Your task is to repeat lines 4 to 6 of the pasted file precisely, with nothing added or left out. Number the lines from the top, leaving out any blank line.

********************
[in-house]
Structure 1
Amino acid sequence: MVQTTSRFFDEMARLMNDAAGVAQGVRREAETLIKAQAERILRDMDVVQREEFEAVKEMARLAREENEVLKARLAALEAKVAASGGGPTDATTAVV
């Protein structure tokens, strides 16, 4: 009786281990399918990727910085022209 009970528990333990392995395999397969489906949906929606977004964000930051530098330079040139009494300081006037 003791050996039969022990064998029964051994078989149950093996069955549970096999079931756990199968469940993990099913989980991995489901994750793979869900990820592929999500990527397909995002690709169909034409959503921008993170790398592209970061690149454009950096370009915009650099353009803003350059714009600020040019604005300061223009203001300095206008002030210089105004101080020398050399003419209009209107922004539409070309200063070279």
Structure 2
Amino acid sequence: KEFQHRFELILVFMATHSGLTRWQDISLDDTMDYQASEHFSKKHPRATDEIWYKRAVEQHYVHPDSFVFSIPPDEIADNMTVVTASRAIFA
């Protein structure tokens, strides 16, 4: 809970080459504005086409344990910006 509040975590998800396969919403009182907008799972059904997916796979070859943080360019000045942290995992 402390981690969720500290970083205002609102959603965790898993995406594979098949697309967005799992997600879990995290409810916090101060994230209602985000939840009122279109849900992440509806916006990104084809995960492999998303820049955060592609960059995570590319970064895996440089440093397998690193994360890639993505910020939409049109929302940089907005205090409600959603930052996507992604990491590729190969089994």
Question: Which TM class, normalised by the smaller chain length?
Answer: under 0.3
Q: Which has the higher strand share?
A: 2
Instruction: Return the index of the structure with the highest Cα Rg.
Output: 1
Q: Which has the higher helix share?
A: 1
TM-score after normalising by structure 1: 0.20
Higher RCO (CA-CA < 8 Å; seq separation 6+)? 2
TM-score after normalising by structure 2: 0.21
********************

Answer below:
């Protein structure tokens, strides 16, 4: 009786281990399918990727910085022209 009970528990333990392995395999397969489906949906929606977004964000930051530098330079040139009494300081006037 003791050996039969022990064998029964051994078989149950093996069955549970096999079931756990199968469940993990099913989980991995489901994750793979869900990820592929999500990527397909995002690709169909034409959503921008993170790398592209970061690149454009950096370009915009650099353009803003350059714009600020040019604005300061223009203001300095206008002030210089105004101080020398050399003419209009209107922004539409070309200063070279």
Structure 2
Amino acid sequence: KEFQHRFELILVFMATHSGLTRWQDISLDDTMDYQASEHFSKKHPRATDEIWYKRAVEQHYVHPDSFVFSIPPDEIADNMTVVTASRAIFA